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Harsh Realm – Camera Obscura (Review)

This November, we’re taking a trip back in time to review the seventh season of The X-Files and the first (and only) season of Harsh Realm.

And so, with Camera Obscura, it seems that Harsh Realm comes to an end

The show had been developed as a television series for the new millennium; all involved had great plans for it. Fox had made no secret of the fact that they planned for Harsh Realm to take pride of place in their schedule going forward. The assumption was that it would replace The X-Files after that juggernaut was retired. There was a lot of hype around the development, a lot of excitement about the new show from producer Chris Carter. Harsh Realm was to be the first of many new shows developed by the producer as part of a highly lucrative contract with Fox.

Burning down the House (of God)...

Burning down the House (of God)…

Sadly, it did not work out that way. Harsh Realm had premiered to low ratings. Fox shuffled it off the schedule after only three episodes, which seemed a knee-jerk response given the talent involved in the show’s production. The six remaining episodes were locked away from the light of day, relegated to premiering on FX at the tail end of that season of television. For all that everybody involved had hoped that Harsh Realm would be a breakout hit, it ended up little more than a footnote.

Here, it dies. After nine episodes aired across two channels over seven months, the curtain comes down on Harsh Realm. It ends not with a bang, but a whimper.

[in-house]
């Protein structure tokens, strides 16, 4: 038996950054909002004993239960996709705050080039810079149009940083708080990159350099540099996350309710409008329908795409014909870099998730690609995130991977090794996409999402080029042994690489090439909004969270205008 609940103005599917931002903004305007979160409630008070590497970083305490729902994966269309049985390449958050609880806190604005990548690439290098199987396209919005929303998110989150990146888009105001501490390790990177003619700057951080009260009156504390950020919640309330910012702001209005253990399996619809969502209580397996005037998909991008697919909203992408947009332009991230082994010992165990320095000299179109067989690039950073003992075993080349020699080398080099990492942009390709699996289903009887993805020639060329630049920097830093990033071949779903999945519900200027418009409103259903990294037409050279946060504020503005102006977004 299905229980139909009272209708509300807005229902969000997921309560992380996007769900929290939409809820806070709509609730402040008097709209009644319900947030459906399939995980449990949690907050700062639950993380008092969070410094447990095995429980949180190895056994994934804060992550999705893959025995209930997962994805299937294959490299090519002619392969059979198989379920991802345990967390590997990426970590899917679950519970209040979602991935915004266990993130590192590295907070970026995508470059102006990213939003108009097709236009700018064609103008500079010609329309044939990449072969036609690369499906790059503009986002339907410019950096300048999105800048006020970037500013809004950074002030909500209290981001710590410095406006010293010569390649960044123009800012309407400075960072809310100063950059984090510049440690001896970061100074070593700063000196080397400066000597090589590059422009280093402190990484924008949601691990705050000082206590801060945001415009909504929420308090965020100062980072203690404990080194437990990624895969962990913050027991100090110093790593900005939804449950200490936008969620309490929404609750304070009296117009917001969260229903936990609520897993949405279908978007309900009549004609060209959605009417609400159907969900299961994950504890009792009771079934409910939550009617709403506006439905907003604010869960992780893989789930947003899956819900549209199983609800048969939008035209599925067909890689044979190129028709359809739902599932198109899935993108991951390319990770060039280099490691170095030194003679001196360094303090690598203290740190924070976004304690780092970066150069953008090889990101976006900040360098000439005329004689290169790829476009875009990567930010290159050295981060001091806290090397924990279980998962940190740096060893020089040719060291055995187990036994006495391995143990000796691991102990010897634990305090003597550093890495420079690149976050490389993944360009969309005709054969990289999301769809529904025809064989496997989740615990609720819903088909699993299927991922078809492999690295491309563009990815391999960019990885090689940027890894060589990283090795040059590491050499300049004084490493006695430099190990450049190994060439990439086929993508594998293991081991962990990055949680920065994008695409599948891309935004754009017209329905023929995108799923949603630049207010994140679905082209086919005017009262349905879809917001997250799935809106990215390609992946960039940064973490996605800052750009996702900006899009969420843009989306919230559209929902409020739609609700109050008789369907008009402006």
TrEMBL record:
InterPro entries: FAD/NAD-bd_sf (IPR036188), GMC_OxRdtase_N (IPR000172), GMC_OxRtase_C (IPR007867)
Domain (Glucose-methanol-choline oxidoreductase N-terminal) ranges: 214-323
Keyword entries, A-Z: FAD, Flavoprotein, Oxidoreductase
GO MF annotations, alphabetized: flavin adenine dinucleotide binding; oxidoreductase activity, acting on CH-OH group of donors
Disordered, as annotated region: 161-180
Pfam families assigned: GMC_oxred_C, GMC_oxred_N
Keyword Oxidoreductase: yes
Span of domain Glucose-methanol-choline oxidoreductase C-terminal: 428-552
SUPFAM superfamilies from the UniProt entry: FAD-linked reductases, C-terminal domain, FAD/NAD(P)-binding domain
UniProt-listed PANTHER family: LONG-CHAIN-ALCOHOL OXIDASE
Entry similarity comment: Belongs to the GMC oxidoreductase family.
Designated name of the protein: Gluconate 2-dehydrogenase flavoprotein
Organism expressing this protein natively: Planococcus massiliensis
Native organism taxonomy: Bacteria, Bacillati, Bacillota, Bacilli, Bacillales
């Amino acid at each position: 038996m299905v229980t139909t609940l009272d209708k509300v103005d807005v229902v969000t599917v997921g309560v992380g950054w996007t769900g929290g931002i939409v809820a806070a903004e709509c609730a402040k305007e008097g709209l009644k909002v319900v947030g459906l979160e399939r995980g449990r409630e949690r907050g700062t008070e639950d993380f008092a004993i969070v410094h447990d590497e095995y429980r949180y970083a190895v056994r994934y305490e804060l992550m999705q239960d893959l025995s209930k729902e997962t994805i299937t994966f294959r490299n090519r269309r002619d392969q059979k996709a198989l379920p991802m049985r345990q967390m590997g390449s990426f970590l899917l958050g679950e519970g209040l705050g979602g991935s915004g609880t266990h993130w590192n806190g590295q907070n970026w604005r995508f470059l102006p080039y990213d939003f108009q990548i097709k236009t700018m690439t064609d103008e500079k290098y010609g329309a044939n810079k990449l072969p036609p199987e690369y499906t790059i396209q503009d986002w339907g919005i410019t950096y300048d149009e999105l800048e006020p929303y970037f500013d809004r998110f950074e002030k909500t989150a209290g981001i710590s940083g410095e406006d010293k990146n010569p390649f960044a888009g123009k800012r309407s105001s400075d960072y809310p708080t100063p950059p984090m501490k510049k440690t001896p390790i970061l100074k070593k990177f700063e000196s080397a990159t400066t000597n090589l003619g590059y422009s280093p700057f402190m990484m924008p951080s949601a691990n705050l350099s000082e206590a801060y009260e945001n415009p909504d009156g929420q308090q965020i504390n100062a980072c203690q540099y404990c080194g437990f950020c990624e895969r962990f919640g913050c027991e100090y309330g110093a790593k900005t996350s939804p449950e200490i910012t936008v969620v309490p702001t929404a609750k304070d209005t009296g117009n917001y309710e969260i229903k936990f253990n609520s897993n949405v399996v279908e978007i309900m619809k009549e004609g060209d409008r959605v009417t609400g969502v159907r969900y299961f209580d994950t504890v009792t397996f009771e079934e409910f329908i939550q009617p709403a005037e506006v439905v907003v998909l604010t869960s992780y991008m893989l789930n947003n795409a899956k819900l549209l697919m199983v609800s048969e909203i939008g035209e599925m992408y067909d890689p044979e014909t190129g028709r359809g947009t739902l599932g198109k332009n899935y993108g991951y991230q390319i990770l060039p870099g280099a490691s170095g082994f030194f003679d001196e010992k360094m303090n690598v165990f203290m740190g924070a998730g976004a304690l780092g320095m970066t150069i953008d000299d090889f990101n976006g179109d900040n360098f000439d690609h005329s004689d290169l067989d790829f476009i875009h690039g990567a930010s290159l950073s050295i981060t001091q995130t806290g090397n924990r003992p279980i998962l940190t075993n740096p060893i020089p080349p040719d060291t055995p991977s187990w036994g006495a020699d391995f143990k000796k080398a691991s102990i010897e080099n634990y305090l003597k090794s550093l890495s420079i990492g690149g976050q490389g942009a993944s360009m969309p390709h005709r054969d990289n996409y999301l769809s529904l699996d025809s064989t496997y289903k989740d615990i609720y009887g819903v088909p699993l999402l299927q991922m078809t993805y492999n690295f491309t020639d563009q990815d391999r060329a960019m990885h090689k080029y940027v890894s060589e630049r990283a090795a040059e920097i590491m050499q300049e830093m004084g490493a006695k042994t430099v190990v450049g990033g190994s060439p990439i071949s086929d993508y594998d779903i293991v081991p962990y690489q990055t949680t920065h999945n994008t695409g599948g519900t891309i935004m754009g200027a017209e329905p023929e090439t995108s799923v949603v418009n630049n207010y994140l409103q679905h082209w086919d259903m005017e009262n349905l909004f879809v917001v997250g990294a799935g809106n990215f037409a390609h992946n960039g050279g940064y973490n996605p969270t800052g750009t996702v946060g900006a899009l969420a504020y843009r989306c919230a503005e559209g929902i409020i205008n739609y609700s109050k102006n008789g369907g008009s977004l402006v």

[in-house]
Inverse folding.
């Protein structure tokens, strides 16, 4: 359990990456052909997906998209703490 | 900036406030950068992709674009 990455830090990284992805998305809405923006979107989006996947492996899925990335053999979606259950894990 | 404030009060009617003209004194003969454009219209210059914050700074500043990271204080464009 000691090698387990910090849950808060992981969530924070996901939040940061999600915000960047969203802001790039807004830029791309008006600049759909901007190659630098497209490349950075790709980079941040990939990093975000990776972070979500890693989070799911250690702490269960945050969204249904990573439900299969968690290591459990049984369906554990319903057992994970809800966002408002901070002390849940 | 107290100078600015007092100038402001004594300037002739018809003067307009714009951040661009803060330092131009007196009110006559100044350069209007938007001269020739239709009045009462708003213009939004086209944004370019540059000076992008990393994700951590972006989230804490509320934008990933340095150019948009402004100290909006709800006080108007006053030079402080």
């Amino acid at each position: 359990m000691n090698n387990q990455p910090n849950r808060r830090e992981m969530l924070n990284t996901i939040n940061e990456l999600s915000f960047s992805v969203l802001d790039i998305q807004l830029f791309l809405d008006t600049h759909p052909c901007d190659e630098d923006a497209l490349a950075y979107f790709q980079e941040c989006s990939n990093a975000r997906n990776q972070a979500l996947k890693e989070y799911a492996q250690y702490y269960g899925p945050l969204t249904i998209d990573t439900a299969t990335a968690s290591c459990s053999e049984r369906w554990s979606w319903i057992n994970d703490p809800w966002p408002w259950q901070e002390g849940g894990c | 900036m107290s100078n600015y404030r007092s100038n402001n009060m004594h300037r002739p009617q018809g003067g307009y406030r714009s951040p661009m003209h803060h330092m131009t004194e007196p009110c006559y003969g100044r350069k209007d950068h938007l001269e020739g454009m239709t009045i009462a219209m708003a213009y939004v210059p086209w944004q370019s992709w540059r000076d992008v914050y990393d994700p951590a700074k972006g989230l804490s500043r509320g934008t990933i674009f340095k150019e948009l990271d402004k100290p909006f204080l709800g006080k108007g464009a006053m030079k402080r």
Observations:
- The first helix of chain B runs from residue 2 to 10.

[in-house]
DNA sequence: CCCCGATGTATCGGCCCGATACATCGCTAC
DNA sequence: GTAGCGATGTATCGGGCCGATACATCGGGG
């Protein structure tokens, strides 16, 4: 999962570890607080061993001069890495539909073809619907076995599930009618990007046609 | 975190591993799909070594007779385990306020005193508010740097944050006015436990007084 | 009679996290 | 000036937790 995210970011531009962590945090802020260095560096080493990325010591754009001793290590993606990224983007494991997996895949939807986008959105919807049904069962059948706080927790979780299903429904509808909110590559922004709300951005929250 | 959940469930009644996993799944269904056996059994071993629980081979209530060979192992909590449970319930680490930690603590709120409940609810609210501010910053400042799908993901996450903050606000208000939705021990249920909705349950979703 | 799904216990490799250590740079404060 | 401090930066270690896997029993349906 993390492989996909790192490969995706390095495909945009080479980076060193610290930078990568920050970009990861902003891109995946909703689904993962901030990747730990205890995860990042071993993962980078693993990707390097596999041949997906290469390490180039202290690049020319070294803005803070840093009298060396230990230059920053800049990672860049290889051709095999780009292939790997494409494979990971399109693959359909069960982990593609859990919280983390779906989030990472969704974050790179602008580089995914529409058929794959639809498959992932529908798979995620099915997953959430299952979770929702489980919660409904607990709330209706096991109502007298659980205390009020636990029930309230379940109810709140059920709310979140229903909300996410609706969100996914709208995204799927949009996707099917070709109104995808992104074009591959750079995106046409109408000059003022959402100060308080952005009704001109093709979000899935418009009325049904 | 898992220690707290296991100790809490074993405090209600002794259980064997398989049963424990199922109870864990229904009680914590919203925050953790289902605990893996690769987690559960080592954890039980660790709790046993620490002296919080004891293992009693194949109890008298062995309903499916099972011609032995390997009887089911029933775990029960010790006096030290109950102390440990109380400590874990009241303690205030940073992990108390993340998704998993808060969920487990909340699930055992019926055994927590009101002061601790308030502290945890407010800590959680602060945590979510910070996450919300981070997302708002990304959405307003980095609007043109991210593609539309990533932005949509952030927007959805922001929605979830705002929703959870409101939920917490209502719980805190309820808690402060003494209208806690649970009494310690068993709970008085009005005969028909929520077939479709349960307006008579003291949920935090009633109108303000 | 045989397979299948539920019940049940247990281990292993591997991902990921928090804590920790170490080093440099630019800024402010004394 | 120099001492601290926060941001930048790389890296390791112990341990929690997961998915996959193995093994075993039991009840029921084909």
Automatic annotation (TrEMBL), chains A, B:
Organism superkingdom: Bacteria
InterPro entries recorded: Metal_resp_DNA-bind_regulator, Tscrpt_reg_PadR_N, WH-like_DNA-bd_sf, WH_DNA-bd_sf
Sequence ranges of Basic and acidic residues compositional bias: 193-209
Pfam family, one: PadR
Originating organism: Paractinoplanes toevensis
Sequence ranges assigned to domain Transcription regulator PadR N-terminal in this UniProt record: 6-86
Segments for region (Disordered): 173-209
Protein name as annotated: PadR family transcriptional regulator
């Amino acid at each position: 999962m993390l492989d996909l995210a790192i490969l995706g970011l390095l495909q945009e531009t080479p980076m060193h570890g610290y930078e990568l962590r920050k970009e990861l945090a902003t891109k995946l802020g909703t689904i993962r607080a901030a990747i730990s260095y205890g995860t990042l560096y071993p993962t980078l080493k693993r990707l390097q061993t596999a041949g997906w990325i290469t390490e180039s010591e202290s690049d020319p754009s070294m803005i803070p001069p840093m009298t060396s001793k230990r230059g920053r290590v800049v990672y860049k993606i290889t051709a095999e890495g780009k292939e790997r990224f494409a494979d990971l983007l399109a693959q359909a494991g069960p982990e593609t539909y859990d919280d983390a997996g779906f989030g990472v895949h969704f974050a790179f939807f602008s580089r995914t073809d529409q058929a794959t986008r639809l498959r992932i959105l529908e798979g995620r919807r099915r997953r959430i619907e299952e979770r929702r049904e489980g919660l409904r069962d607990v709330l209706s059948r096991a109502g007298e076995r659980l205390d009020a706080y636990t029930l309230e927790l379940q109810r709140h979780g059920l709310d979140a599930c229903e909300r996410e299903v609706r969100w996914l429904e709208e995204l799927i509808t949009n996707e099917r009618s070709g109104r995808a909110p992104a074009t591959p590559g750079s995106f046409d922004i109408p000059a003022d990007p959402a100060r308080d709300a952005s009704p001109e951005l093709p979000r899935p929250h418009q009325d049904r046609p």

Time for reflection...

Time for reflection…

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Calvin v. Hobbes – An Alternative Interpretation of Fight Club…

I am a sucker for a crazy movie conspiracy theory. Be it the possible identities of Keyser Soze or the fact that The Shining is about Native Americans or even whether Anton Chigurh (the unstoppable killing machine from No Country for Old Men) is actually an angel. I stumbled across a somewhat similar one a little while ago which has been out there a while (and I imagine most of you are familiar with). But, for those who aren’t, I thought I’d pass on my own favourite crazy movie theory of the moment: Fight Club is a sequel to the iconic comic strip Calvin & Hobbes. Edward Norton’s narrator is Calvin and Brad Pitt’s Tyler Durden is Hobbes. It actually makes sense.

"I am Jack's abandoned childhood friend..."

Note: In case that opening paragraph hasn’t given the game away, there are spoilers in here for the rather excellent Fight Club. I’m assuming anyone reading a detailed article on the movie has seen it (you’ve had ten years!), but – if not – consider yourselves warned that here there be spoilers.
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